AFFI Pleased all Fruits, Vegetables in Dietary Guidelines
- Follow a healthy eating pattern across the lifespan. Eating patterns are the combination of foods and drinks that a person eats over time.
- Focus on variety, nutrient-dense foods, and amount
- Limit calories from added sugars and saturated fats, and reduce sodium intake
- Shift to healthier food and beverage choices
- Support healthy eating patterns for all
- A variety of vegetables, including dark green, red and orange, legumes (beans and peas), starchy and other vegetables
- Fruits, especially whole fruits
- Grains, at least half of which are whole grains
- Fat-free or low-fat dairy, including milk, yogurt, cheese, and/or fortified soy beverages
- A variety of protein foods, including seafood, lean meats and poultry, eggs, legumes (beans and peas), soy products, and nuts and seeds
- Oils, including those from plants: canola, corn, olive, peanut, safflower, soybean, and sunflower. Oils also are naturally present in nuts, seeds, seafood, olives, and avocados.
- Less than 10 percent of calories per day from added sugars. The ChooseMyPlate.gov website provides more information about added sugars, which are sugars and syrups that are added to foods or beverages when they are processed or prepared. This does not include naturally occurring sugars such as those consumed as part of milk and fruits.
- Less than 10 percent of calories per day from saturated fats. The Nutrition Facts label can be used to check for saturated fats. Foods that are high in saturated fat include butter, whole milk, meats that are not labeled as lean, and tropical oils such as coconut and palm oil.
- Less than 2,300 milligrams per day of sodium for people over the age of 14 years and less for those younger. The Nutrition Facts label is a helpful tool to check for sodium, especially in processed foods like pizza, pasta dishes, sauces and soups.
Joseph Clayton, interim president of the McLean, Virginia-based American Frozen Food Institute (AFFI), on January 7 commended the US Department of Agriculture (USDA) and US Department of Health and Human Services (HHS) for recommending all forms of fruits and vegetables in the 2015-2020 Dietary Guidelines for Americans (DGAs) without limiting language.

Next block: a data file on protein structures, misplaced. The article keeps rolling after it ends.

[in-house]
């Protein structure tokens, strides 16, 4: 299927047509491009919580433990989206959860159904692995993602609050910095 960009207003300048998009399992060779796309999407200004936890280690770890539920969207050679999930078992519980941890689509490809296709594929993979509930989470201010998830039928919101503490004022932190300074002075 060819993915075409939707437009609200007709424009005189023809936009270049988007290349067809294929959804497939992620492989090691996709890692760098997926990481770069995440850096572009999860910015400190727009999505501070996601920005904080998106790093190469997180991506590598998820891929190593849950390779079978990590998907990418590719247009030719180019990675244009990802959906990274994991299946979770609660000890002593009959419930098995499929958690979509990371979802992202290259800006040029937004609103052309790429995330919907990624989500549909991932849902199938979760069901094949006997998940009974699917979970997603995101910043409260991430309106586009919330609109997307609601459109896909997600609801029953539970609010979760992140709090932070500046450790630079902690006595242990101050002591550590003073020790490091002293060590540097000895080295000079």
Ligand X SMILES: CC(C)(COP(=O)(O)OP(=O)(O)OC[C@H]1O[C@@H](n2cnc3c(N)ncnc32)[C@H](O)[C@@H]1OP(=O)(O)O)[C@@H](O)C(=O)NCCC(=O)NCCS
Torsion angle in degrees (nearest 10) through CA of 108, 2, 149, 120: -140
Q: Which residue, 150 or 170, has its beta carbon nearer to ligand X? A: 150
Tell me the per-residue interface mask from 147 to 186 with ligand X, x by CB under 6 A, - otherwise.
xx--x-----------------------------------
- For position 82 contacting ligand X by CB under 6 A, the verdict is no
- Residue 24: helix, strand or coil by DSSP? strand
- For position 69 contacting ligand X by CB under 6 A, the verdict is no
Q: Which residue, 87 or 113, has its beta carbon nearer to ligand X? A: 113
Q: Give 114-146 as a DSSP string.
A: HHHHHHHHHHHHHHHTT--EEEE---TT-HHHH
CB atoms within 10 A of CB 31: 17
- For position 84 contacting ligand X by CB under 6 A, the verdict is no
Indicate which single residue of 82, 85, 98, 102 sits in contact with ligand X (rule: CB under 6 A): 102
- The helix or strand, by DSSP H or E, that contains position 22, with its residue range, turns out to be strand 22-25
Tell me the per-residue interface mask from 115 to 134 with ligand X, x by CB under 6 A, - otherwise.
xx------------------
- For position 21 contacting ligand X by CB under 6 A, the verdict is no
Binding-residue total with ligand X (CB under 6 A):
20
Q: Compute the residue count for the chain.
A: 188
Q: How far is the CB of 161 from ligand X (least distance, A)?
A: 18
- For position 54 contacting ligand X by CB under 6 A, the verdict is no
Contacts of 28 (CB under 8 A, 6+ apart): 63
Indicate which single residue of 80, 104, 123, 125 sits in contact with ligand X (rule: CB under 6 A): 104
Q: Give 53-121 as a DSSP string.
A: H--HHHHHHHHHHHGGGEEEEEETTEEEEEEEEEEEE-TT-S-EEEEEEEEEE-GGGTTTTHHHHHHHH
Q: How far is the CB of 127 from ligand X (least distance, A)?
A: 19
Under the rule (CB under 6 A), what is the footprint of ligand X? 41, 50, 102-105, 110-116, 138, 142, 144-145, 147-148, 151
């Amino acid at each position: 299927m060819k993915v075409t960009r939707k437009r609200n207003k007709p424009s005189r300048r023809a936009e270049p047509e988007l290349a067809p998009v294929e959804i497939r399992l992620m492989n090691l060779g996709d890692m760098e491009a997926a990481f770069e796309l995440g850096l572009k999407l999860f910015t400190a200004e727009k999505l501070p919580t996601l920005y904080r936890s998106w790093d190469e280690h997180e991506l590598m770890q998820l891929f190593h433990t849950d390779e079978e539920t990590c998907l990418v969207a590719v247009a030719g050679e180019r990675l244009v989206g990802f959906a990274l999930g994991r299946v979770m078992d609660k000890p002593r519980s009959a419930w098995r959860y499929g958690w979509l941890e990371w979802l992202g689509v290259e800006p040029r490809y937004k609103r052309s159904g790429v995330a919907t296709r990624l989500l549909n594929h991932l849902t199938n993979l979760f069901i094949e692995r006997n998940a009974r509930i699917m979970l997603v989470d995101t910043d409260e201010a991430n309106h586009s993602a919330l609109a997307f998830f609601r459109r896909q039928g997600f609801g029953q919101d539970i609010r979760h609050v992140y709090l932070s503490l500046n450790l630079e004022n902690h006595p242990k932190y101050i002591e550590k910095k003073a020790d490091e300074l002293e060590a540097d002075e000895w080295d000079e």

The Dietary Guidelines for Americans, published every five years to reflect the most current nutrition science, have an important role in guiding federal nutrition policy.
“AFFI applauds the administration for recognizing the benefits of all forms of fruits and vegetables – frozen, fresh, canned, dried and 100 percent juice – in achieving and maintaining healthy dietary patterns. The Guidelines have a broad reach and it is important they reflect sound science,” said Clayton.
As confirmed by Frozen Food Foundation-commissioned nutritional studies conducted by the Universities of Georgia (UGA) and California Davis (UC Davis), frozen fruits and vegetables are as rich in nutrients, and often more so, than fresh-stored produce.
“A recent study by the Produce for Better Health Foundation found that government guidelines reinforcing the healthfulness of all forms of fruits and vegetables positively impact consumers’ perceptions of packaged fruits and vegetables, which include frozen, as well as canned, dried and 100 percent juice products,” stated Clayton. “We are pleased that the administration is encouraging Americans to utilize a full range of fruits and vegetables through inclusive language in the new DGAs.”
The specific recommendations in the new edition (the eighth to be published) fit into five overarching guidelines:
Importantly, the guidelines suggest Americans should consume:
Further, Americans should be encouraged to consume:
For complete details about the 2015-2020 Dietary Guidelines for American, visit dietaryguidelines.gov.